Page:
Truong Van Tuyen, Le Dinh Huong, Le Thieu Ky, and Dinh Thi Son
Hue University of Agriculture and Forestry
24 Phung Hung, Hue City, Vietnam
Email: [email protected]
The coastal ecology in Central Vietnam is characterized by marginal, sandy and adverse
agronomic conditions. Due to a low land-man ratio, farmers practice diversifed and
intensifed agriculture, which includes crop production and animal husbandry. Both rice
intensification, which leads to competition between traditional cultivars and the modern
ones, and livelihood diversification, e.g. pig raising and cash crop production, has had an
impact on the conservation of crop diversity in the region. In 1996, a study on farmer’s
management of rice diversity across ecosystems of the coastal system was implemented
to identify opportunities and strategy for on-farm conservation of rice genetic resources.
The findings in 1996 showed that many farmers still used a diverse set of rice varieties In
the eight coastal villages surveyed: 33 rice cultivars, 17 modern cultivars and 16
traditional cultivars were maintained in inter-spring season and 29 cultivars, 20 modern
cultivars and nine traditional cultivars in the summer season. In 2000, data was collected
from the same household. Results showed that the total number of rice cultivars was
lower than that in 1996 and the number of traditional cultivar names and their distribution
(indicated by number of planting households) had reduced dramatically. The most
observed cause was the catastrophic flood of the century (in November 1999) that
damaged seeds and destroyed the seed infrastructure of majority of the farmers in the
areas. Responses from farmers, the farming community and the local government
revealed problems with the current seed system as farmers were not able obtain their
preferred cultivars because the seeds were not available from the informal and formal
seed systems, the later of which does not support the seed flows of traditional cultivars.
Two issues need to be addressed for on-farm conservation of landraces, (1) seed
infrastructure, e.g. improving storage and “seed bank”, at household and community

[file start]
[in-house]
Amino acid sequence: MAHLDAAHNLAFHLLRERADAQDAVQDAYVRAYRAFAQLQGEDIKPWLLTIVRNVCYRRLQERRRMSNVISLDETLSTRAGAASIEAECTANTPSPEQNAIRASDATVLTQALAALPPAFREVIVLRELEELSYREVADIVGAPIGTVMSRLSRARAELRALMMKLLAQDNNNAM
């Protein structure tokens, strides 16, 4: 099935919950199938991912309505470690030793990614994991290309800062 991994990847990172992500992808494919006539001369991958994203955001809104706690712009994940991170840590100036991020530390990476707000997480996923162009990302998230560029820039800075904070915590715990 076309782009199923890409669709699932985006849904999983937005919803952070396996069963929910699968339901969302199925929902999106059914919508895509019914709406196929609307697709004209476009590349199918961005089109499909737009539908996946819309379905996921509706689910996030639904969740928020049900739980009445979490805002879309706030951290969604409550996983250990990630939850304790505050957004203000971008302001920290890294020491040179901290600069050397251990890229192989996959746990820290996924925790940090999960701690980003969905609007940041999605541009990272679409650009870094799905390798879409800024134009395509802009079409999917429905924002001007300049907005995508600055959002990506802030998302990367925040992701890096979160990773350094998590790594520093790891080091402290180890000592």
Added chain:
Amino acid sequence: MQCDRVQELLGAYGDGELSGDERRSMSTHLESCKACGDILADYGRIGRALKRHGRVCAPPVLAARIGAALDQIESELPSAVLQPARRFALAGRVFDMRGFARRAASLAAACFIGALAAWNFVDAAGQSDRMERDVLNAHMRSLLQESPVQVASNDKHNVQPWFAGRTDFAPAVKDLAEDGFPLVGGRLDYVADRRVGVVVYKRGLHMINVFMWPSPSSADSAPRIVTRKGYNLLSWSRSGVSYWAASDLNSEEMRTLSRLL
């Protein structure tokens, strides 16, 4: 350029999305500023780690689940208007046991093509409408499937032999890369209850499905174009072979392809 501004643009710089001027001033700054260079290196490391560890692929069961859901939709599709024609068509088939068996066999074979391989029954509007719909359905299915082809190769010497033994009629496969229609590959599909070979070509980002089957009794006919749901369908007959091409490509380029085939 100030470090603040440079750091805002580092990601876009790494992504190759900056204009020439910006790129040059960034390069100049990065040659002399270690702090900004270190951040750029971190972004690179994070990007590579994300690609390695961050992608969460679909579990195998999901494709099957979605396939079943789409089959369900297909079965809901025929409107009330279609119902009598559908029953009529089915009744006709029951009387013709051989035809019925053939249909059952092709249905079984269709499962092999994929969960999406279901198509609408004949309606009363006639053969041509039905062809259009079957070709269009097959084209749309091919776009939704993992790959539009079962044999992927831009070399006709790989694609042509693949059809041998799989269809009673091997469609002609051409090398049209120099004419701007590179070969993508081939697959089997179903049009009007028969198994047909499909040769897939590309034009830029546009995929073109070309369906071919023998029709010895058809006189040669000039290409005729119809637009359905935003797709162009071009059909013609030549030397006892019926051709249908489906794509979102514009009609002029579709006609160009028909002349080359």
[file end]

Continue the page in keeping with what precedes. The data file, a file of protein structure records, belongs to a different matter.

level, and (2) including the traditional varieties survives into the formal seed and/or agrosupporting systems. A follow up is now underway to study the integration of
conservation and sustainable livelihood, and roles of different community stakeholders
involved in on-farm conservation. Applying participatory research, e.g. focus group
discussion, revealed that the villagers were aware of advantages of growing different
varieties among households. Encouraging this practice could increase diversity at the
community level. Agricultural diversification was also found to maintain the diversity of
certain crops. Pig raising at most households was linked to supporting taro conservation
for the taro’s feed utility. The majority of work in growing and processing taro, and for
feeding pigs, is done by the wife. In addition, an expanding use of cash crops was found
to help maintain bean diversity for intercropping, as this was popular with the farmers for
improving soil fertility in sandy and marginal land. Participatory assessment of
stakeholders’ roles in crop production indicated that there was no a single best pattern of
stakeholder involvement to all targeted crops identified (e.g. rice, taro and bean). Rice
production management at the household level is influenced much from the formal
agricultural supporting systems and local government, while decisions regarding other
crop production (e.g. taro and bean), are mainly undertaken by the households and
community groups (e.g. households sharing the same field plots). These findings are
important considerations in establishing working mechanism for on-farm conservation of
rice, taro and bean diversity. The suggestion is taro-pig-woman group and rice-crop
fields-farmer group.